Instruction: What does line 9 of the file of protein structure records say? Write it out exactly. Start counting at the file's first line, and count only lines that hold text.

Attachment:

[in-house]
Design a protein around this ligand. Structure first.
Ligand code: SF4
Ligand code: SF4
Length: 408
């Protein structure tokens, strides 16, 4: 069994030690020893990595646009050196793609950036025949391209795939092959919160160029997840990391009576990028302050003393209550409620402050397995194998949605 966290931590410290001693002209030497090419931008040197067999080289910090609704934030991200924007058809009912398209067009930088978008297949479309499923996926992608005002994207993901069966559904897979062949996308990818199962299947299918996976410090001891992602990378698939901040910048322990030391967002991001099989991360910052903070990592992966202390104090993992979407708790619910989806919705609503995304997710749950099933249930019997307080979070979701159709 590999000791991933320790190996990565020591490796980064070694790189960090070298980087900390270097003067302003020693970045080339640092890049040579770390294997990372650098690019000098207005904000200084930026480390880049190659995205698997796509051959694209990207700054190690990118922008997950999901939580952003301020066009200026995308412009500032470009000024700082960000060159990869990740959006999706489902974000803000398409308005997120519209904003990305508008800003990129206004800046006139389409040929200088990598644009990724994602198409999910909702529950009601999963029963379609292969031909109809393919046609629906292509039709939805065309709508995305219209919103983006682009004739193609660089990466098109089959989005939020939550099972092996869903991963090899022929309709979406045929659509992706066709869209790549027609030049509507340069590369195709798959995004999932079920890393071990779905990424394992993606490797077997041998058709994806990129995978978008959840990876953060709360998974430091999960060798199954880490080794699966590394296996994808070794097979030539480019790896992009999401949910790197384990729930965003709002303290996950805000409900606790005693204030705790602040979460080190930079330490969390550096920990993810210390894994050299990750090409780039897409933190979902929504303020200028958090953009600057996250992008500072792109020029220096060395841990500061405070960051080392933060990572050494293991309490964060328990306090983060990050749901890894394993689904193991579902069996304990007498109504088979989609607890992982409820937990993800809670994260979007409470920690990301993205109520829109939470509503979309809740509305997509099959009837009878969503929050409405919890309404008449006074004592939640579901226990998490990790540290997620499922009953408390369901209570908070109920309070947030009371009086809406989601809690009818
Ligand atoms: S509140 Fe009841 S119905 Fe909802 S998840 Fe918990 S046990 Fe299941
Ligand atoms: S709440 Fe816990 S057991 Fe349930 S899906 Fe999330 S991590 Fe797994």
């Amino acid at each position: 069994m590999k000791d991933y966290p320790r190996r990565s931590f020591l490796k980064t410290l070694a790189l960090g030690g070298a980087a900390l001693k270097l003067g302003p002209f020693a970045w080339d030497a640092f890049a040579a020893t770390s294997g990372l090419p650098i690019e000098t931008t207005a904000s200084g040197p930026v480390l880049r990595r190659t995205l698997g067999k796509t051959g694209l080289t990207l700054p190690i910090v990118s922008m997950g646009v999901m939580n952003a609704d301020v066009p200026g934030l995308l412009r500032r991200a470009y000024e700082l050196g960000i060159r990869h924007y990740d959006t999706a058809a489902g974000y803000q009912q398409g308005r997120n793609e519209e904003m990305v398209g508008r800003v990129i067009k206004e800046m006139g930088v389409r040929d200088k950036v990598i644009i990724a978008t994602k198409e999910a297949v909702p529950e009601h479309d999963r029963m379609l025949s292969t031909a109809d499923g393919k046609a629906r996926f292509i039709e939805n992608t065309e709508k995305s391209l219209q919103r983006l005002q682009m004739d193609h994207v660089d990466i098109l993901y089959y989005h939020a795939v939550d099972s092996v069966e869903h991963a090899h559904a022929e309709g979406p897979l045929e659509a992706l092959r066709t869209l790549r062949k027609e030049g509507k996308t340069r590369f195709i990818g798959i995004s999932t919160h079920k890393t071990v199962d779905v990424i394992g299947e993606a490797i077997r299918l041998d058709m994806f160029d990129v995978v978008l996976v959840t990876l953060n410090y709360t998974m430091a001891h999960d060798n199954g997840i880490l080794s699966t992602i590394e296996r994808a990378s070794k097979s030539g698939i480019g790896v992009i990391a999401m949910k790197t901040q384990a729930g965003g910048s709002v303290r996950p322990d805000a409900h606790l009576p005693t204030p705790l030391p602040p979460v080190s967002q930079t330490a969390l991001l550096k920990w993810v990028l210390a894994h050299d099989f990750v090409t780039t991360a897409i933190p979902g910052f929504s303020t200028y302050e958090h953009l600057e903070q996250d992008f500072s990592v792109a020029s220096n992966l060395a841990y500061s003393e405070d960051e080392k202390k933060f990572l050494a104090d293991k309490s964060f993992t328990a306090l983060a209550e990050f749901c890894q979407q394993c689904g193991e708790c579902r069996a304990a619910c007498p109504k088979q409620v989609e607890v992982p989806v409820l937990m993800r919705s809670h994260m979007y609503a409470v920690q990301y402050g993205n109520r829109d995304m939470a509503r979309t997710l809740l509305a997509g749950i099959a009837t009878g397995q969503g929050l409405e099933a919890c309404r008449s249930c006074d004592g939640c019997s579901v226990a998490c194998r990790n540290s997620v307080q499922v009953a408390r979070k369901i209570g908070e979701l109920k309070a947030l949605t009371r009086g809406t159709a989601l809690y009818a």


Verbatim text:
């Amino acid at each position: 069994m590999k000791d991933y966290p320790r190996r990565s931590f020591l490796k980064t410290l070694a790189l960090g030690g070298a980087a900390l001693k270097l003067g302003p002209f020693a970045w080339d030497a640092f890049a040579a020893t770390s294997g990372l090419p650098i690019e000098t931008t207005a904000s200084g040197p930026v480390l880049r990595r190659t995205l698997g067999k796509t051959g694209l080289t990207l700054p190690i910090v990118s922008m997950g646009v999901m939580n952003a609704d301020v066009p200026g934030l995308l412009r500032r991200a470009y000024e700082l050196g960000i060159r990869h924007y990740d959006t999706a058809a489902g974000y803000q009912q398409g308005r997120n793609e519209e904003m990305v398209g508008r800003v990129i067009k206004e800046m006139g930088v389409r040929d200088k950036v990598i644009i990724a978008t994602k198409e999910a297949v909702p529950e009601h479309d999963r029963m379609l025949s292969t031909a109809d499923g393919k046609a629906r996926f292509i039709e939805n992608t065309e709508k995305s391209l219209q919103r983006l005002q682009m004739d193609h994207v660089d990466i098109l993901y089959y989005h939020a795939v939550d099972s092996v069966e869903h991963a090899h559904a022929e309709g979406p897979l045929e659509a992706l092959r066709t869209l790549r062949k027609e030049g509507k996308t340069r590369f195709i990818g798959i995004s999932t919160h079920k890393t071990v199962d779905v990424i394992g299947e993606a490797i077997r299918l041998d058709m994806f160029d990129v995978v978008l996976v959840t990876l953060n410090y709360t998974m430091a001891h999960d060798n199954g997840i880490l080794s699966t992602i590394e296996r994808a990378s070794k097979s030539g698939i480019g790896v992009i990391a999401m949910k790197t901040q384990a729930g965003g910048s709002v303290r996950p322990d805000a409900h606790l009576p005693t204030p705790l030391p602040p979460v080190s967002q930079t330490a969390l991001l550096k920990w993810v990028l210390a894994h050299d099989f990750v090409t780039t991360a897409i933190p979902g910052f929504s303020t200028y302050e958090h953009l600057e903070q996250d992008f500072s990592v792109a020029s220096n992966l060395a841990y500061s003393e405070d960051e080392k202390k933060f990572l050494a104090d293991k309490s964060f993992t328990a306090l983060a209550e990050f749901c890894q979407q394993c689904g193991e708790c579902r069996a304990a619910c007498p109504k088979q409620v989609e607890v992982p989806v409820l937990m993800r919705s809670h994260m979007y609503a409470v920690q990301y402050g993205n109520r829109d995304m939470a509503r979309t997710l809740l509305a997509g749950i099959a009837t009878g397995q969503g929050l409405e099933a919890c309404r008449s249930c006074d004592g939640c019997s579901v226990a998490c194998r990790n540290s997620v307080q499922v009953a408390r979070k369901i209570g908070e979701l109920k309070a947030l949605t009371r009086g809406t159709a989601l809690y009818a």